What I want is a different kind of diversity: one in which the federal government has a few clear interests in how society organizes itself — and defends those interests jealously — but otherwise stays out of the way. In this diverse nation, some towns would ban books, films, and music that offended the community. And some cities would permit a level of licentiousness that would border on Sodom and Gomorrah or even the Clinton White House on roofie and wine coolers. Some states would permit abortion; others would ban it. Some states would permit all-male institutions like the former VMI, and others would rule that same-sex education is unlawful. Driving along the interstate, you could pass through dry towns and boozy towns; places where gays rule the roost and places where gays voted with their feet a long time ago. You could drive through Catholic hamlets and Protestant burghs; Wal-Mart-free zones and commercial-enterprise zones; drug-free areas and hemp-drenched paradises. There would still be a mainstream culture, it would just have a lot more interesting eddies feeding it.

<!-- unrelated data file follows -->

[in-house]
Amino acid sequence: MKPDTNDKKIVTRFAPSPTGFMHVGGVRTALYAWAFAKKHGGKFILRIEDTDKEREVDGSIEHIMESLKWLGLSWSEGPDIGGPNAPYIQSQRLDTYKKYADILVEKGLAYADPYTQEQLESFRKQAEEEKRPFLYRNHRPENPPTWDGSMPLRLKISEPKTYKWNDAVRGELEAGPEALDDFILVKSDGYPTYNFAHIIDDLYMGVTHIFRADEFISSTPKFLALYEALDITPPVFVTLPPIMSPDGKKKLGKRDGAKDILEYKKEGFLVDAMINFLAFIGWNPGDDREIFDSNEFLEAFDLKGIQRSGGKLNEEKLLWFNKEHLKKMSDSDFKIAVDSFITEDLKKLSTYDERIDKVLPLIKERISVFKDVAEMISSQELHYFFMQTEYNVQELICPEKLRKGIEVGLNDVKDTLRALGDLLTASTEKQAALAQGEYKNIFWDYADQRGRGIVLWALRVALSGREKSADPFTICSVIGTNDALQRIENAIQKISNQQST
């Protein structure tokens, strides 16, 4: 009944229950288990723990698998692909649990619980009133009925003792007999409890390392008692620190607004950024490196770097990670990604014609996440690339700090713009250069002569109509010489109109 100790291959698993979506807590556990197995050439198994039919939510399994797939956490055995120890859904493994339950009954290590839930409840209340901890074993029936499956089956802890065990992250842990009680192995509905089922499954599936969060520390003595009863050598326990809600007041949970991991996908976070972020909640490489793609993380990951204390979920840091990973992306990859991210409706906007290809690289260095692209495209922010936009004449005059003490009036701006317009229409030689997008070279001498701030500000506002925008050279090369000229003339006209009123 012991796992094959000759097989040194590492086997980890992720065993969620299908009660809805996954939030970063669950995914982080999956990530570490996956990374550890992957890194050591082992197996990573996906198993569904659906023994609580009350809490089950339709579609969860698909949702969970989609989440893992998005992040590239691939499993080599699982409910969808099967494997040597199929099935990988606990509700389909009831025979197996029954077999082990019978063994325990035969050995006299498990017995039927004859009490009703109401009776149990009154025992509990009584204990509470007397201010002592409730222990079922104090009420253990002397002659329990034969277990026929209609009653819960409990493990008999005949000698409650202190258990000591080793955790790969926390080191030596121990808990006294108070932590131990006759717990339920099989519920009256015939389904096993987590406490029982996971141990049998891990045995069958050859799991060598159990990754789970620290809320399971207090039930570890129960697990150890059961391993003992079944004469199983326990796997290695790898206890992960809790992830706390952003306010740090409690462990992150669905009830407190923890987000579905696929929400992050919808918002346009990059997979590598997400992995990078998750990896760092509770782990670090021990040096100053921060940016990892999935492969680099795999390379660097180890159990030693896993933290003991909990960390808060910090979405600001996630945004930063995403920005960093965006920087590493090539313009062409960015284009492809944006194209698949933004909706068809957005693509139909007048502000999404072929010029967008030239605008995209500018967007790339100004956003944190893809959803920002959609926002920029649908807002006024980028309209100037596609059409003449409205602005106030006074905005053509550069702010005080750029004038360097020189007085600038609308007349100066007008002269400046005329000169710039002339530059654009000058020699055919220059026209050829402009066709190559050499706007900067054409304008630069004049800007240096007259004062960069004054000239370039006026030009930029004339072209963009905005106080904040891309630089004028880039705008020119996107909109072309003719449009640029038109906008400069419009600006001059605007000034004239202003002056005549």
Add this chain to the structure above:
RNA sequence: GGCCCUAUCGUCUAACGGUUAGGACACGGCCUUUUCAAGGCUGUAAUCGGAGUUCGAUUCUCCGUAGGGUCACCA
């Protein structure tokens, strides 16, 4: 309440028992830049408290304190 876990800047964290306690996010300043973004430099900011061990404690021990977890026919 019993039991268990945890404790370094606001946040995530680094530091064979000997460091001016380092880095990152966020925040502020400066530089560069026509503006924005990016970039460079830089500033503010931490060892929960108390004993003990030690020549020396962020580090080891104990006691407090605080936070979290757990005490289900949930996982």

Last month in the Morrison decision the Supreme Court brought us closer to that kind of society. The court ruled that the Commerce Clause of the U.S. Constitution no longer permits an overreaching federal legislature to rewrite the story of this nation as it pleases. The court actually said this a few years ago in the Lopez decision, but nobody seemed to believe they meant it. The Court has rediscovered the concept of Federalism just in time. For recognizing federalism is the first step to a truly diverse America.